Many firms are vulnerable to data privacy compliance infractions in their
Records Information Management (RIM) practices. The impact of non-compliance
can mean stiff penalties and damage to your reputation.
A benchmark study of breaches at 51 organizations found that the average cost of a data breach in 2010 was $214 per record, making it the fifth year in a row that such costs have risen according to the California Office of Privacy Protection.1 The study found that direct costs, such as printing, postage and legal fees, accounted for 34 percent of the total cost. Indirect costs, primarily lost customers, represented 66 percent. The study also found that for the first time, malicious or criminal attacks, which accounted for nearly a third of the incidents, were the most costly. Such breaches cost an average of $318. The impact of a data breach on reputation can also be significant. In a 2011 study, senior-level managers estimated that the loss or theft of confidential customer information diminished the value of their brand by an average of 21 percent and restoring the damaged reputation took an average of a year.
The U.S. federal government and most state governments are now requiring organizations to have strict security mechanisms in place for protecting consumer personal information. Failure to do so can often result in costly penalties. Leading the way in 2002, the state of California enacted a bill named Senate Bill 1386 which has strict consumer protection rules for companies that do business in that state. Many other states have enacted similar laws.
PCI Data Security
The Payment Card Industry (PCI) has developed a data security standard for protecting cardholder information (e.g. credit card numbers). This standard encompasses a wide array of recommended security mechanisms, including firewalls, password policies, encryption and key management.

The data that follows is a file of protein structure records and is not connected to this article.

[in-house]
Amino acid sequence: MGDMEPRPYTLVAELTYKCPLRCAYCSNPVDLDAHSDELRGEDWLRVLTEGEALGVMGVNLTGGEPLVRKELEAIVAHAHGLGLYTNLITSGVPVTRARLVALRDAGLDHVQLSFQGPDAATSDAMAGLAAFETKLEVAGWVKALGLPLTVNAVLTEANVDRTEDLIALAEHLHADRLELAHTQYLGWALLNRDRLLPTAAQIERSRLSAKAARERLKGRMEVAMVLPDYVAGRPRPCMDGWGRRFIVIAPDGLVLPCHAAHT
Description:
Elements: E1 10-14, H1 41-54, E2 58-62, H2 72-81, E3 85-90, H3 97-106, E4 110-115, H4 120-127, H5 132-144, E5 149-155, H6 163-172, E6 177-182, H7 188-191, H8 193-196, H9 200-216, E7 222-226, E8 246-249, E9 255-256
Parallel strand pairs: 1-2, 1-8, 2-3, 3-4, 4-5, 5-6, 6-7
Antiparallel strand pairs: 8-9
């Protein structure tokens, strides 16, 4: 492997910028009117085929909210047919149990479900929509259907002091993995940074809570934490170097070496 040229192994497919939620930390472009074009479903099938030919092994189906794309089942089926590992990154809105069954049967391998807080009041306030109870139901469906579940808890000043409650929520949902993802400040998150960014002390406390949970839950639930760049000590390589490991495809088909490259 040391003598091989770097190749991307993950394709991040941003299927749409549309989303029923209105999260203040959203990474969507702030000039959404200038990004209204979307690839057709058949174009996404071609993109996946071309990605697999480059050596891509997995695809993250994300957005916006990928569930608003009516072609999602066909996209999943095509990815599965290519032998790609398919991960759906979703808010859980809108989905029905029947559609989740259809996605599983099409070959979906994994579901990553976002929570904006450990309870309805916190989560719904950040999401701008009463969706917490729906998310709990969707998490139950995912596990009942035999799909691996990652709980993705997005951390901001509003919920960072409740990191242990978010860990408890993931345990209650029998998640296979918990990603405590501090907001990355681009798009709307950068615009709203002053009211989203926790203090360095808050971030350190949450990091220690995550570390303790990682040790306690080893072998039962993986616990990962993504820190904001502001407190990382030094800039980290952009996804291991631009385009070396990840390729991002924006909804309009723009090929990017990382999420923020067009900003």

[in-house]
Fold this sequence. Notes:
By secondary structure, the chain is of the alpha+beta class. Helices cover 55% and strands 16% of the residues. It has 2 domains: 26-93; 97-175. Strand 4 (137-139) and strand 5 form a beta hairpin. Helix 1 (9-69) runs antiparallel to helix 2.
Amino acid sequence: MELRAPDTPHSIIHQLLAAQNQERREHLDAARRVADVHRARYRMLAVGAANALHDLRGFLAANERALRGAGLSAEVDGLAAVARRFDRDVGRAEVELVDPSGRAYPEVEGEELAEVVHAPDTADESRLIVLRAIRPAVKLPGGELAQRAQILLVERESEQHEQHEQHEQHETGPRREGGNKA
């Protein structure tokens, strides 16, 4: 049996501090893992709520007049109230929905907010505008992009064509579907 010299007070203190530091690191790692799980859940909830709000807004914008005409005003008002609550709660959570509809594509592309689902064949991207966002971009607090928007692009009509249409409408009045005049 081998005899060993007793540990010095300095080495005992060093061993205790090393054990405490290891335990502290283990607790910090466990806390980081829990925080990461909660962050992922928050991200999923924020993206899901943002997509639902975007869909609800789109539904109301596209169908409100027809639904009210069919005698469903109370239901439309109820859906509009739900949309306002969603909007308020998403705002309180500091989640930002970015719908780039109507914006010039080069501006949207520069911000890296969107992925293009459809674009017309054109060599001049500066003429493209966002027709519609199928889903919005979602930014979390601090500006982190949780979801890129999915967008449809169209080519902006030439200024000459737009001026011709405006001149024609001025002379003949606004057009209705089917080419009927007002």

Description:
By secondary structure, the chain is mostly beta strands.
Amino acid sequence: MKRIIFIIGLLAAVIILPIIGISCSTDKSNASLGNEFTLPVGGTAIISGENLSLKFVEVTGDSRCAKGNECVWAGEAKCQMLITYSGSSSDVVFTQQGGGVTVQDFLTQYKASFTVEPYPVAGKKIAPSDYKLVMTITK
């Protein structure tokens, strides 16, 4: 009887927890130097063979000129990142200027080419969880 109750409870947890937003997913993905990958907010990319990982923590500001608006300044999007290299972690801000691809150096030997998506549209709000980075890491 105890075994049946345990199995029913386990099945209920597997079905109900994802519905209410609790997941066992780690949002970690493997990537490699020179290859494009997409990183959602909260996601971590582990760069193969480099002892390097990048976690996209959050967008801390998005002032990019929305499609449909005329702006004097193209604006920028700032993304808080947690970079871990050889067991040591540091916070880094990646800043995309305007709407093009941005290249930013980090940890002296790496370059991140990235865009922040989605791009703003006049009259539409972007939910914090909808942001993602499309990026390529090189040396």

Title II of HIPAA, the Administrative Simplification (AS) provisions, establishes national standards for addressing the security and privacy of health data. It establishes regulations for the use and disclosure of any information concerning health status, provision of health care, or payment for health care that can be linked to an individual.
The Sarbanes-Oxley legislation is wide ranging and establishes new or enhanced standards for all U.S. public companies and public accounting firms. As a result of this legislation, IT departments must place strict controls and mechanisms in place to provide for the security, accuracy and the reliability of the systems that manage and report financial data.
Gramm-Leach-Bliley Act or GLB Act, includes provisions to protect consumers’ personal financial information held by financial institutions. The GLB Act is administered and enforced by State and Federal agencies. Under the GLB Act, financial institutions must show proof of their efforts to protect their customers’ financial information.
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Document management - the capture, storage and retrieval of documents - can make a major impact for your organization. With or without a document management solution, your organization already captures, stores and retrieves documents every day. For many organizations, this process is amazingly time consuming and too often ignored.